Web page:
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The Seven Deadly Sins date back to ancient times, but they may strike at today's high-flying startups. Consultant Mike Figliuolo, on his ThoughtLeaders blog, says many entrepreneurs fail because of self-inflicted wounds that can be traced back to lust, gluttony, greed, and the other deadly sins:


Trying to add the sexiest bells and whistles – and even cleanest HTML code – to your product may distract you from producing a solid product. Stick with the basics, Mr. Figliuolo advises.

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(This is probably an easier trap to fall into, of course, in the wake of all the publicity for Steve Jobs and the elegant products he built that were beautiful even under the hood. But he did strip things down to what he considered essential.)


Entrepreneurs often live on a starvation diet, but when the cash comes in from a venture capitalist or angel, they can go overboard, building plush offices and buying non-essential goodies.

"Buying stuff just because you have cash will burn your business down to the ground," Mr. Figliuolo writes. Burn rate, of course, is the term for how much a business is spending, and he says you need to be acutely aware of how you're faring. If you add people, be prepared to get rid of a similar number of others if your burn rate is beyond your capability.


Mr. Figliuolo has seen businesses destroyed because the entrepreneurs were more focused on making money for themselves than building a solid company.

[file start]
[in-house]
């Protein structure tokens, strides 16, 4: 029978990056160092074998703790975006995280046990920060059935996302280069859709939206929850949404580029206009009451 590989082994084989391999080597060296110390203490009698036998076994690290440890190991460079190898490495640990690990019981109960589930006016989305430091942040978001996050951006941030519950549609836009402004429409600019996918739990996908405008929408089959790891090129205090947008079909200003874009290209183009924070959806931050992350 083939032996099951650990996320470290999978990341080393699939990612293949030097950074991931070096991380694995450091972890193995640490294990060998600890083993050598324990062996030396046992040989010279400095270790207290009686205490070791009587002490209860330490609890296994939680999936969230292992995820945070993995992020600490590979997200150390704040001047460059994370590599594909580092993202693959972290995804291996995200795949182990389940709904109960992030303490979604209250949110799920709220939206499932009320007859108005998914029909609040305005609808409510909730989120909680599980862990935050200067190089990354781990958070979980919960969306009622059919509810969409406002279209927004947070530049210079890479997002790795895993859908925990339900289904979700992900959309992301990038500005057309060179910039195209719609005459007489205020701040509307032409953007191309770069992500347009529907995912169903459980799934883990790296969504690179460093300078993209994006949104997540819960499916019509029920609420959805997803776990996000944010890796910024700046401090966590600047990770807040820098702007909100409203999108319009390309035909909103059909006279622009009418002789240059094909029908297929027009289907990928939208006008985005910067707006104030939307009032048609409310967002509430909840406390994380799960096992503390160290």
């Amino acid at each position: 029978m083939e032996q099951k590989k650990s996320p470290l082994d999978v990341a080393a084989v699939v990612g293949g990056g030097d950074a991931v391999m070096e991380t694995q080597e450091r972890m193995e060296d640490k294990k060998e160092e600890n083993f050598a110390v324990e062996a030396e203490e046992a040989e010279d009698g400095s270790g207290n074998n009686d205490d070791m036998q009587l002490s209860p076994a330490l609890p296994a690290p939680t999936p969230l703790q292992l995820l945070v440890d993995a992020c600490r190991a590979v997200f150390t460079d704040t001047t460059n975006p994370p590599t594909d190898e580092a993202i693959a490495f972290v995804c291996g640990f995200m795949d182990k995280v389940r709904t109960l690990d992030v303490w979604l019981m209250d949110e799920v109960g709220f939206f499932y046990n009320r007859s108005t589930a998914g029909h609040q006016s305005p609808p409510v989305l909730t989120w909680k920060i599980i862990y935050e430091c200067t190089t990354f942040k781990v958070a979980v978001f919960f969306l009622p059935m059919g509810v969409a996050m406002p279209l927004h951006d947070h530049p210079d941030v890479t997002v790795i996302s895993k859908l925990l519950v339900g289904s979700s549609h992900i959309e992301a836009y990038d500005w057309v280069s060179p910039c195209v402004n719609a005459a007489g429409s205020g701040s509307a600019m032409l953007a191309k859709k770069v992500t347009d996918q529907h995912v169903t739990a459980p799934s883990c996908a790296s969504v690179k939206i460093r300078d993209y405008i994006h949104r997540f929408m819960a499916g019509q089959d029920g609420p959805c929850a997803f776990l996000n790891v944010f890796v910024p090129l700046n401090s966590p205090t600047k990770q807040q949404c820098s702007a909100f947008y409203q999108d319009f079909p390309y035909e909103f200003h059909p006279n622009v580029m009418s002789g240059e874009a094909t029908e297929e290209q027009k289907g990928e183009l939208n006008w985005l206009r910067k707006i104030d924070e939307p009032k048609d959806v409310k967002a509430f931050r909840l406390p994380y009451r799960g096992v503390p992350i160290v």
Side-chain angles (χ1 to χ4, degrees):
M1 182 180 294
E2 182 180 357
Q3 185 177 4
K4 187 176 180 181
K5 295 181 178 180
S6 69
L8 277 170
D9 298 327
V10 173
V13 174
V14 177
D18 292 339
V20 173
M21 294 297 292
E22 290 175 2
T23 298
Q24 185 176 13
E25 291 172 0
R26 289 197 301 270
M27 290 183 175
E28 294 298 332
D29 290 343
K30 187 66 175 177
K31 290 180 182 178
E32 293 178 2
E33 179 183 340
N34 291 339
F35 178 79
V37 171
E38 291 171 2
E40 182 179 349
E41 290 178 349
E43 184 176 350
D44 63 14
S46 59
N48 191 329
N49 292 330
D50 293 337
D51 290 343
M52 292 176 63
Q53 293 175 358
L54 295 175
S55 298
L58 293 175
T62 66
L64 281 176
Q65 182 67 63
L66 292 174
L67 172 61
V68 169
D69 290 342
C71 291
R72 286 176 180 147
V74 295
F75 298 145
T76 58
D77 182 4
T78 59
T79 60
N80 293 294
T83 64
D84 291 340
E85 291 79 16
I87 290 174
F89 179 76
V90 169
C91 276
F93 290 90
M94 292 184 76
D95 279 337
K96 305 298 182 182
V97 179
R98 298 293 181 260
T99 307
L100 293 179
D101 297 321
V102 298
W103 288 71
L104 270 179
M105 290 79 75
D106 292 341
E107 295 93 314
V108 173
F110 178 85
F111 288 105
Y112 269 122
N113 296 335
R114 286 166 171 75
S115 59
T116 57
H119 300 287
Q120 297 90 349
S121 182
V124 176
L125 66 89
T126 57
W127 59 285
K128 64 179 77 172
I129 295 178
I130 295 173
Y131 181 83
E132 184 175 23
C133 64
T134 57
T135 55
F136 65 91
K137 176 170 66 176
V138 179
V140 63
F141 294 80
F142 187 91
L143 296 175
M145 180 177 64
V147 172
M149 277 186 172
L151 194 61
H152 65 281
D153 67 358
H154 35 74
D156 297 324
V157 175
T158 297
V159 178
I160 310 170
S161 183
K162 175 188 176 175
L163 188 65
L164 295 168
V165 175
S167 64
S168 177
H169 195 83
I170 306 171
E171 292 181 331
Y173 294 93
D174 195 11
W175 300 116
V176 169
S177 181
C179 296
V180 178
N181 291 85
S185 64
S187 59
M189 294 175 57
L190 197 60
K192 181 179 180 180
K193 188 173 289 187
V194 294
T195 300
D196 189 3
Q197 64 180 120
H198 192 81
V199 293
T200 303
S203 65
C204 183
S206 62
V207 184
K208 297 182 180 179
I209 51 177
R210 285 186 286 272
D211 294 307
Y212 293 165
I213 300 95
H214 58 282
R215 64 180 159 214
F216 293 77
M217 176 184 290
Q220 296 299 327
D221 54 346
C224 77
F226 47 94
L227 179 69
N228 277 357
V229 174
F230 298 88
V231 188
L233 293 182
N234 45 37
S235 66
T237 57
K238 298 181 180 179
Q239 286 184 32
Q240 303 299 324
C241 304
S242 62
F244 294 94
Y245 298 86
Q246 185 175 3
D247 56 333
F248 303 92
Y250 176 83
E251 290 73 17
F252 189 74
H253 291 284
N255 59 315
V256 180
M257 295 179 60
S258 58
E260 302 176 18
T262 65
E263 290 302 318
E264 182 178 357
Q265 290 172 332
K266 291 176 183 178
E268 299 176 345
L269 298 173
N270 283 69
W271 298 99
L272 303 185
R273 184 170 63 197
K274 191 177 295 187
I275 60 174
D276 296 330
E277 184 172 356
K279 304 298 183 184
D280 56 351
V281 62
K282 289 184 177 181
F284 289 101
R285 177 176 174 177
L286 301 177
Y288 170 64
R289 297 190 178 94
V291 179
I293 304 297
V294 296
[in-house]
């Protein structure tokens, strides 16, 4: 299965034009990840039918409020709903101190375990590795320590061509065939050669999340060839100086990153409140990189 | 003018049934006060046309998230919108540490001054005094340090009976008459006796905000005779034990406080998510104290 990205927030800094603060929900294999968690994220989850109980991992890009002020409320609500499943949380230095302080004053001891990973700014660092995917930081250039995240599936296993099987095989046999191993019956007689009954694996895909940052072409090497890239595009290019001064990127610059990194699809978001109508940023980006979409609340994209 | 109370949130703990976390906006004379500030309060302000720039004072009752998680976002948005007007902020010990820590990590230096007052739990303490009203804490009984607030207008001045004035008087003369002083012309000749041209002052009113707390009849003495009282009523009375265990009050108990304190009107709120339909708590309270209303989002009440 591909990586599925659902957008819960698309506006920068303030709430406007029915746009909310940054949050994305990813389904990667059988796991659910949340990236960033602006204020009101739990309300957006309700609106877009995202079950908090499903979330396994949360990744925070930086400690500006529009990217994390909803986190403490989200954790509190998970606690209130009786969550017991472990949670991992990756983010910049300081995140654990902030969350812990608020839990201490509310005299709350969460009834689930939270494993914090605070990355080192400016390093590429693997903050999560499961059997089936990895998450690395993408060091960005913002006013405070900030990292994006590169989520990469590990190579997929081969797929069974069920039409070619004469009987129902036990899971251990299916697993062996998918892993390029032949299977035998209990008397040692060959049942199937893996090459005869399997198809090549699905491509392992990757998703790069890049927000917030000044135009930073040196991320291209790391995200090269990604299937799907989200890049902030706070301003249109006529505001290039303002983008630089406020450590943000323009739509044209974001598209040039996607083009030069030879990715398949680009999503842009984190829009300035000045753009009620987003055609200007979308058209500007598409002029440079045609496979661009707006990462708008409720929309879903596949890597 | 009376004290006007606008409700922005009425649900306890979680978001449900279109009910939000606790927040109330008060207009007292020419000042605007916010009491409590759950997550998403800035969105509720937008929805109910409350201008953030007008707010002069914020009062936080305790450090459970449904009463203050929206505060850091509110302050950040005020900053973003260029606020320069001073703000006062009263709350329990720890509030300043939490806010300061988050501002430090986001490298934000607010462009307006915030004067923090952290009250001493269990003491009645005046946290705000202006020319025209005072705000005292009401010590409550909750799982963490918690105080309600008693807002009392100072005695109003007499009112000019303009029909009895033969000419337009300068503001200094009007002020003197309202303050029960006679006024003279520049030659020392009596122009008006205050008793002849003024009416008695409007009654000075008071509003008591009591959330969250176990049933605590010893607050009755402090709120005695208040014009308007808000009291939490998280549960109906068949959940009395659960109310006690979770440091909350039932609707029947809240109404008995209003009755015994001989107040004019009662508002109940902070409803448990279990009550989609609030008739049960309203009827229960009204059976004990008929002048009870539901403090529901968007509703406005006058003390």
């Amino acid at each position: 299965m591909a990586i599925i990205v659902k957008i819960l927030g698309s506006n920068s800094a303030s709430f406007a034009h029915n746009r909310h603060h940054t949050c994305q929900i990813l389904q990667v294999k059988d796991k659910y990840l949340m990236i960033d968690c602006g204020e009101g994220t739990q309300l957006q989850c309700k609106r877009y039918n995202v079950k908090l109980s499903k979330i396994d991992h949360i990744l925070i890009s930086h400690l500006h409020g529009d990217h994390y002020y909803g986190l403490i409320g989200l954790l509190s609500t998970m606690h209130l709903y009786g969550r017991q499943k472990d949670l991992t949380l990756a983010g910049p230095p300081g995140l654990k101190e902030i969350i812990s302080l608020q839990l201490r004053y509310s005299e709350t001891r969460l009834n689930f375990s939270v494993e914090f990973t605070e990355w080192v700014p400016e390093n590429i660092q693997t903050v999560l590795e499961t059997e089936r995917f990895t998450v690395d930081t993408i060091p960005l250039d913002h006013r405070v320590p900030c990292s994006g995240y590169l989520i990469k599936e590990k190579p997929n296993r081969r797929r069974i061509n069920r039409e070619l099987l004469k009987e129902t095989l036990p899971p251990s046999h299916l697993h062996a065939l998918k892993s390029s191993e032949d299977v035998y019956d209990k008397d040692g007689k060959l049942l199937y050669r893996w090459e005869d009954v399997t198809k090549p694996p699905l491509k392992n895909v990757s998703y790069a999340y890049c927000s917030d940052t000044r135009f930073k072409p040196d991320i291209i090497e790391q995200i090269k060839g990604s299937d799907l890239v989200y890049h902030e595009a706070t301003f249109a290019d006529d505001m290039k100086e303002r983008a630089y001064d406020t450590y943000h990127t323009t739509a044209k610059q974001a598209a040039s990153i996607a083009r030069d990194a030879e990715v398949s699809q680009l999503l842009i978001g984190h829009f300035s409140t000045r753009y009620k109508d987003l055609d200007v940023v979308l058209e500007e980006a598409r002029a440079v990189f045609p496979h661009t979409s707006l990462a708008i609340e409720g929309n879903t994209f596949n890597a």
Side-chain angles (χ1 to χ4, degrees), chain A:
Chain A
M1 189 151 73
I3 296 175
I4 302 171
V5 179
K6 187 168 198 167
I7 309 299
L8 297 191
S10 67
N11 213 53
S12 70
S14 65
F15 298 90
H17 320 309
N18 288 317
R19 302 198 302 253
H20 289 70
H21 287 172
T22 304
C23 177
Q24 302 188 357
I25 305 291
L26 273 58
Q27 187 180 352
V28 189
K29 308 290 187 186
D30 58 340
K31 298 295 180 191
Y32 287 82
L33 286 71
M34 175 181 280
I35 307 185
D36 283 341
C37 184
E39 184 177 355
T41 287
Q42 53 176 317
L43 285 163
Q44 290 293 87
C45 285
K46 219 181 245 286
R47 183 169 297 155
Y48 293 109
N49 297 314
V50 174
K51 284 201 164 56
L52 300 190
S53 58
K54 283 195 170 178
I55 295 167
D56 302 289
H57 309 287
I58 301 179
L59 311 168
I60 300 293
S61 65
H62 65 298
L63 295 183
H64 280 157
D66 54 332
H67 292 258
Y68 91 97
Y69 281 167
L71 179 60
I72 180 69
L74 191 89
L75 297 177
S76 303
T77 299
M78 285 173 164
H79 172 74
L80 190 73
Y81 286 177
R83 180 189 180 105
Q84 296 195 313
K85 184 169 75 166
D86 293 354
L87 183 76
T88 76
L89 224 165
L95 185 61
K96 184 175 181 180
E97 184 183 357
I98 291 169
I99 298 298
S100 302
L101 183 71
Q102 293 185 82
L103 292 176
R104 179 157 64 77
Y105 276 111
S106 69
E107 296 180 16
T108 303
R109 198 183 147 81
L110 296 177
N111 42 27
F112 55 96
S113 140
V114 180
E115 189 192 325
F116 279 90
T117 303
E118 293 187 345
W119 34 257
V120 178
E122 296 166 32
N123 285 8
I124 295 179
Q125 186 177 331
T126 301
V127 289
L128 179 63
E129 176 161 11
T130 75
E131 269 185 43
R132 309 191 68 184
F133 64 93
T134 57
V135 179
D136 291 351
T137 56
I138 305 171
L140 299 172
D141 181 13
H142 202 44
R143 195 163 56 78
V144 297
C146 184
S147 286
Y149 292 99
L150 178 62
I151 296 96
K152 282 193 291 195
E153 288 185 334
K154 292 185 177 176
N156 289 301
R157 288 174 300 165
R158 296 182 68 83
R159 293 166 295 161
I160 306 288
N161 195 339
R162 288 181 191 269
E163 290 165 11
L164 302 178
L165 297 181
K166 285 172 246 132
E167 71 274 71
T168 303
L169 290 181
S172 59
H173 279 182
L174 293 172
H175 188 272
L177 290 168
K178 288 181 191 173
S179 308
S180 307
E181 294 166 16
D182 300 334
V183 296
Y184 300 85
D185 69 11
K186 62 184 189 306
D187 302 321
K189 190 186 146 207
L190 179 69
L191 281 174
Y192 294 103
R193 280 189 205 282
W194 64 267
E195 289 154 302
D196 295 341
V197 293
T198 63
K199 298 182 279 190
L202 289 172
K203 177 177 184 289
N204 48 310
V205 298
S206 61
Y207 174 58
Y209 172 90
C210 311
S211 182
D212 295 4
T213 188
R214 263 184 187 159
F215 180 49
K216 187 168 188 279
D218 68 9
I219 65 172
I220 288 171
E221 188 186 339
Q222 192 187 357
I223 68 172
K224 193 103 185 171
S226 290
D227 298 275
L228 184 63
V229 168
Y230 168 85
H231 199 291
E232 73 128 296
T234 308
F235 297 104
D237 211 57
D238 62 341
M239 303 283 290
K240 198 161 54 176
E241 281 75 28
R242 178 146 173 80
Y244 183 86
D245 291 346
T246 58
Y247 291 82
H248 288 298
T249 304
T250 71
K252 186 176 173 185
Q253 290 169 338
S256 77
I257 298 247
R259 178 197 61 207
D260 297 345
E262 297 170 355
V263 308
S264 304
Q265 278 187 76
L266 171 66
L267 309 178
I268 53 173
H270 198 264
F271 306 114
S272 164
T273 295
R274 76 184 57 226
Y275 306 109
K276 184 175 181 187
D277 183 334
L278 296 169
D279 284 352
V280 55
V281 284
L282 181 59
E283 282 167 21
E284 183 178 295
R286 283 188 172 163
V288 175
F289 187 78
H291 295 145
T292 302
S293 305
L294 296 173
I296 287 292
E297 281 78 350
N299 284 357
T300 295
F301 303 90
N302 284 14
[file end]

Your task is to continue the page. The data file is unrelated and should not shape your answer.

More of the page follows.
Avoid being stingy when it comes to putting together your team. You may want to own 100 per cent of your business, but it will be 100 per cent of nothing unless you bring the right people on board. And that may mean giving them equity as an inducement. You will own less (in percentage terms) of more, by discarding your greed.

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Keep working hard, even when it seems as if you can slow down a bit.

"If you're not out there hustling 148 per cent of the time, you're probably going to fail," he warns.


When things go wrong, don't lash out at the customer, supplier, investor, or staff member who seems the source of the frustration. In an era of social media, it will spread, and boomerang on you.

"Check that rage or you're going to get it back in spades," Mr. Figliuolo says.

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When other entrepreneurs succeed, don't fall prey to jealousy. It's too easy to succumb to the feeling that they don't deserve what you can't get at this point. Be open-minded, send them a congratulatory note, and don't send off negative vibes to others.

"If you're always running around bad-mouthing others who are successful, you begin building a lousy personal brand. Karma is always watching you," he notes.


Don't believe your business is so wonderful that nobody can match you, Mr. Figliuolo advises. Pride, after all, comes before the fall.

Special to The Globe and Mail

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About the Author
Management columnist

Harvey Schachter is a Kingston, Ont.-based writer specializing in management issues. He writes Monday Morning Manager and management book reviews for the print edition of Report on Business and an online column, Power Points. More


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